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Please begin with an informative title:

From the White House to the halls of Congress, from veteran's groups, the punditocracy and of course, the blogosphere, reactions to the Rolling Stone article on the barroom ruminations of the top commander in Afghanistan, Gen. Stanley McChrystal, continue.

White House press secretary Robert Gibbs was noncommittal on McChrystal's job security:

A reporter asked, "Is McChrystal's job safe?" Gibbs answer was brief, and he repeated it multiple times: "We'll have more to say after that meeting." He later said people should "wait and see" the outcome of tomorrow's meeting. It was an already scheduled update on Afghanistan and Pakistan, but Obama summoned McChrystal to Washington to hear his explanation.

... while Jesse Jackson, Jr. (D-IL) became the first lawmaker to call for his immediate dismissal:

"McChrystal should be dismissed, dismissed immediately, and unceremoniously returned home. The military must know that the Commander-in-Chief is, in fact, in charge, and a lack of discipline will not be tolerated. A strong, successful military cannot survive without discipline in the chain of command. This is the second time that General McChrystal has crossed that line. Any teenager in a military school knows better.”
Echoing Jackson and then some was retiring Rep. David Obey, who said:
In recent history – which runs from General MacArthur, to General LeMay, to General McChrystal, we have seen a long list of reckless, renegade generals who haven’t seemed to understand that their role is to implement policy, not design it.  [...]

His repeated contempt for the civilian chain of command demonstrates a bull headed refusal to take other people’s judgments into consideration.  That is damn dangerous in somebody whose decisions determine life and death for American troops and others in the region.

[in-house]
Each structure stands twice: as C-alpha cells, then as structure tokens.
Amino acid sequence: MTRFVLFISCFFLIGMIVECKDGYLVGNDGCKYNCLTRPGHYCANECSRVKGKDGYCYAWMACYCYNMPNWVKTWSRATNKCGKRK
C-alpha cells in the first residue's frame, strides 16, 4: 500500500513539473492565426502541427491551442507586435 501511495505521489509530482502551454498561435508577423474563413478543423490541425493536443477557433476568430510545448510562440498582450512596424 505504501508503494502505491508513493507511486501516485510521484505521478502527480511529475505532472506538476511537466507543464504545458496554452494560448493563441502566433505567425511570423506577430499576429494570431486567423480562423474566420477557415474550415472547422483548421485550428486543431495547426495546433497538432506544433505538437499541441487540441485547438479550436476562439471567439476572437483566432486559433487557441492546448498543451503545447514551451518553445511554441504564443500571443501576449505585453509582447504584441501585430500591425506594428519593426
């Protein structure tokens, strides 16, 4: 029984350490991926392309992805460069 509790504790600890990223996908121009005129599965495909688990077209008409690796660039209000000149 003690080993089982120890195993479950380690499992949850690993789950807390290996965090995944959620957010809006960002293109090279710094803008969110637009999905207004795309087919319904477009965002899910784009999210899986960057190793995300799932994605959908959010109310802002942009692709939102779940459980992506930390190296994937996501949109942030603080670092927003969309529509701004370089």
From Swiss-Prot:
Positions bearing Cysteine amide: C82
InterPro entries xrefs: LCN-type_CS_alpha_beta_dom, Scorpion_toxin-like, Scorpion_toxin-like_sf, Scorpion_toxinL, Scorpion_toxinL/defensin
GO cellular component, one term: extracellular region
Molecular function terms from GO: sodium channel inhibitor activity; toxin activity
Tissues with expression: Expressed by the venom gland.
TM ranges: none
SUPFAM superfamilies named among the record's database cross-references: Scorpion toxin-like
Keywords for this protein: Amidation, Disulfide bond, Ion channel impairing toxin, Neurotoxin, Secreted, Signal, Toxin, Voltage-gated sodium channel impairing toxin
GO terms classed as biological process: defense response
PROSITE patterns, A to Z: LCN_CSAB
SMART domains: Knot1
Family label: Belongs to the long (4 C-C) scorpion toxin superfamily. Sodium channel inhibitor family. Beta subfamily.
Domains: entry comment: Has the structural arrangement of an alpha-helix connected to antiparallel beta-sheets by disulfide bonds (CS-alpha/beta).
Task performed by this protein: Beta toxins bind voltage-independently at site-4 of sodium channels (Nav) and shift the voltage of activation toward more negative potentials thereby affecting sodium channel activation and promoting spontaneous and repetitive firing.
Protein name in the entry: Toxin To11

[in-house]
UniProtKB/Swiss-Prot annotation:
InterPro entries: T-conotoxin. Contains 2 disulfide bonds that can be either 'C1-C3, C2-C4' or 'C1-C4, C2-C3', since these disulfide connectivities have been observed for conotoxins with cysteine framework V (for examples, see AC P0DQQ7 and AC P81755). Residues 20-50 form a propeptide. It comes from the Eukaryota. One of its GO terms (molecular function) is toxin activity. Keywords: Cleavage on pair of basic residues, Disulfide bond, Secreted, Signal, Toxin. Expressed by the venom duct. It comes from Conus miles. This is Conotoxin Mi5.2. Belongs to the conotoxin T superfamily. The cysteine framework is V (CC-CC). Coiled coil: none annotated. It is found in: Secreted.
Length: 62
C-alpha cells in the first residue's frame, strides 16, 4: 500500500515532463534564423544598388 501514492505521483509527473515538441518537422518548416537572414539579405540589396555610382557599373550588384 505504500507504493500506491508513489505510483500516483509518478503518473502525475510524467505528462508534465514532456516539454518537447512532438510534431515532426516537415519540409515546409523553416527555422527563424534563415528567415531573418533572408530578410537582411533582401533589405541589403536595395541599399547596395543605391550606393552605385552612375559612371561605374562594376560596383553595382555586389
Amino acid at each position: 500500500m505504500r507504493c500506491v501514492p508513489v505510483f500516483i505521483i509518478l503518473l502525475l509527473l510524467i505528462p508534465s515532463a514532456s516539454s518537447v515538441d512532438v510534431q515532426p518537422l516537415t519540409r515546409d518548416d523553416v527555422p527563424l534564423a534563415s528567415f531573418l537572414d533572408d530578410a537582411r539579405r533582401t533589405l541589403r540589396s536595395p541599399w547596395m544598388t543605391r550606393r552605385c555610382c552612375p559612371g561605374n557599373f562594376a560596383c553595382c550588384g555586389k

“That is something that we simply cannot afford!

Three senators -- John McCain (R-AZ), Lindsey Graham (R-SC) and Joe Lieberman (I-CT) -- were a bit more circumspect, issuing a joint statement saying:

We have the highest respect for General McChrystal and honor his brave service and sacrifice to our nation. General McChrystal's comments, as reported in Rolling Stone, are inappropriate and inconsistent with the traditional relationship between Commander-in-Chief and the military.
... but leaving it up to the President to decide his fate.

Jon Soltz, the chairman of Vote Vets, said:

The open disdain and personal ridicule of the President and his advisors by General Stanley McChrystal and his subordinates in the new issue of Rolling Stone leaves only two acceptable options: Either General McChrystal resigns or is fired.

If he has any honor, he'll step down.

... while Joe Klein goes with the wishy-washy approach:
I suppose he will have to be sacked now. He is not irreplaceable. There are more than a few fine generals in the Army, including Lt. General David Rodriguez, a McChrystal deputy with vast experience in Afghanistan. But it is a terrible setback, a diversion from the business hand at a crucial moment in the conflict. And it is a real tragedy, because Stanley McChrystal is precisely the sort of man who should be leading American troops in battle.
And finally, Max Bergmann at Think Progress looks at the bigger picture ... why McChrystal said what he did and what it means:
The significance of this food fight is not in what was said, but in what it says about where the United States is in Afghanistan. It is becoming increasingly clear that General McChrystal has failed to achieve the unrealistic expectations he set for Afghanistan ... The struggles of McChrystal’s Afghan strategy have now led to a growing rift within the Obama administration over how to interpret the July 2011 deadline set by the President ... And McChrystal’s latest interview can be seen as part of a larger effort by some in the military to box in the White House in order to push it to acquiesce to giving McChrystal more time.

In the end, as everyone scrambles to say what they think should happen to McChrystal, is this what it's really all about? A calculated move to change the subject from what we should be talking about?

If so, it worked ...


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Originally posted to Daily Kos on Tue Jun 22, 2010 at 01:00 PM PDT.

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